Prosecutors said the Durham team is still “looking closely” into whether Rodney Joffe, a tech executive and leading cybersecurity expert, defrauded the U.S. government by misusing internet data from government contracts to search for derogatory information about Trump and Russia.
“We have not, to this point, charged a crime … but we are not able to say that a crime was not committed,” prosecutor Andrew DeFilippis told a judge Wednesday, adding that the statute of limitations for Joffe’s potential conduct has not expired and the probe is still underway.
Joffe worked on the Trump-Russia material with Sussmann, the Clinton campaign lawyer who was charged in September with lying to the FBI during a 2016 meeting where he passed along the date. Prosecutors claim Sussmann falsely told the FBI he shared the data as a concerned citizen, but he was really there on behalf of his clients: the Clinton campaign and Joffe.
Joffe’s lawyers blast Durham
Responding to Wednesday’s hearing, a spokesperson for Joffe said the latest comments from prosecutors were “baseless and reckless” and accused Durham of pushing an “unfounded political narrative through false innuendo” to connect Joffe to a supposed anti-Trump plot.
“Mr. Joffe did not defraud or mislead any branch of the US Government,” the spokesperson said in a statement. “Furthermore, the data at issue did not belong to the Government and did not contain private or personal information about any individual, nor was it manipulated in any way.”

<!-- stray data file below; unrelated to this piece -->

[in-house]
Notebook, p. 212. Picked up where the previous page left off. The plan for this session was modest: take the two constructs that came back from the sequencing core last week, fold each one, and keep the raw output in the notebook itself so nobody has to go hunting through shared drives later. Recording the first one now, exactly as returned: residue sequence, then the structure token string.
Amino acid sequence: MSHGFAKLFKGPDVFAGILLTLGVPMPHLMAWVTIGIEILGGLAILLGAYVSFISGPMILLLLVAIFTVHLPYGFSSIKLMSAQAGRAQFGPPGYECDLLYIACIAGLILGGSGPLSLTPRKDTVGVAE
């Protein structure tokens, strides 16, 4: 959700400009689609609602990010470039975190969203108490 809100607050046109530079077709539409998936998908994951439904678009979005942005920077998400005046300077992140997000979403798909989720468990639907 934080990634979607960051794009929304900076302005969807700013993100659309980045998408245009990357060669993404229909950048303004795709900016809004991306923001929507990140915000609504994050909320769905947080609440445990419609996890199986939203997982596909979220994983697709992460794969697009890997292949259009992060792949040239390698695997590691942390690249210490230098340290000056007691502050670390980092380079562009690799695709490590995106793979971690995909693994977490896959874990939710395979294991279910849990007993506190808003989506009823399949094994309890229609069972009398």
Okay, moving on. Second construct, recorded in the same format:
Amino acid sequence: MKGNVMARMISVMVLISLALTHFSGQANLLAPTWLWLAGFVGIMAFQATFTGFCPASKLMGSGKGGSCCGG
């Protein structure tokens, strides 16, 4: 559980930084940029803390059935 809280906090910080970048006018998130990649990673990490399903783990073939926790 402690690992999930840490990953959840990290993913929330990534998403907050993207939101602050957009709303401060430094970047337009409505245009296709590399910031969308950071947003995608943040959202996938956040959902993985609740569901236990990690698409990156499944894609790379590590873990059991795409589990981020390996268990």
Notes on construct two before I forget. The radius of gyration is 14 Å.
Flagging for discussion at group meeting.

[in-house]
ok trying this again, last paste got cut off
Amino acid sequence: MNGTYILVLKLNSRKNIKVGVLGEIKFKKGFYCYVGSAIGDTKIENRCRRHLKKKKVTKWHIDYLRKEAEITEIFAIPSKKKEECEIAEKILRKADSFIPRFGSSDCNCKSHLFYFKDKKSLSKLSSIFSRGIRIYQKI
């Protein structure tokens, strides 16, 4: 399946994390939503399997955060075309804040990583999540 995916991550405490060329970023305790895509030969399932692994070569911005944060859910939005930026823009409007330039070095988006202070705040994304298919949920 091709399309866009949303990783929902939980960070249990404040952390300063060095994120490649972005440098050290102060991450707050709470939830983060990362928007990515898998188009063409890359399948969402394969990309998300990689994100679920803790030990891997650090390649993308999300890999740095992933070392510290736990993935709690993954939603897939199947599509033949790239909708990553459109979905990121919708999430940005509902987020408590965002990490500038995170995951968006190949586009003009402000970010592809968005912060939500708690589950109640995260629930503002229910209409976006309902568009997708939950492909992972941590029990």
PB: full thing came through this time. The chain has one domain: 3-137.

Lawyers for Sussmann say Joffe is a key part of their defense and will offer testimony that helps exonerate Sussmann. Sean Berkowitz, a Sussmann attorney, accused the prosecutors of making a “tactical decision” by holding the criminal probe over Joffe’s head as a way of blocking him from testifying at trial. Because of the potential criminal exposure, Joffe intends to plead the Fifth, according to his lawyers.
“They’ve been looking at this forever,” Berkowitz said. “They ought to be able to make a (charging) decision.”
Berkowitz has asked federal Judge Christopher Cooper to dismiss the case if prosecutors don’t give Joffe immunity to testify. Cooper said Wednesday that he’ll try to issue a ruling soon.
It has been known for a while that Sussmann shared the data from Joffe and his researchers with the FBI and later with the CIA after Trump was inaugurated in January 2017. Prosecutors said Wednesday for the first time that the material had been later shared with Congress as well.
Prosecutors have previously said that Joffe’s company at the time, Neustar, had access to internet data through a contract with DARPA, a Pentagon research agency. The contract was intended to hunt for cyber intrusions by hostile countries. Durham has said Joffe and his colleagues “exploited” their access to domain name system information to find dirt on Trump.
A spokesman for Joffe previously said he is “an apolitical internet security expert with decades of service to the US Government” and that his dealings with the data were perfectly legal. In court filings, Joffe’s lawyers said he has received harassing and threatening messages in the wake of the Sussmann indictment, in which he was repeatedly referred to as “Tech Executive 1.”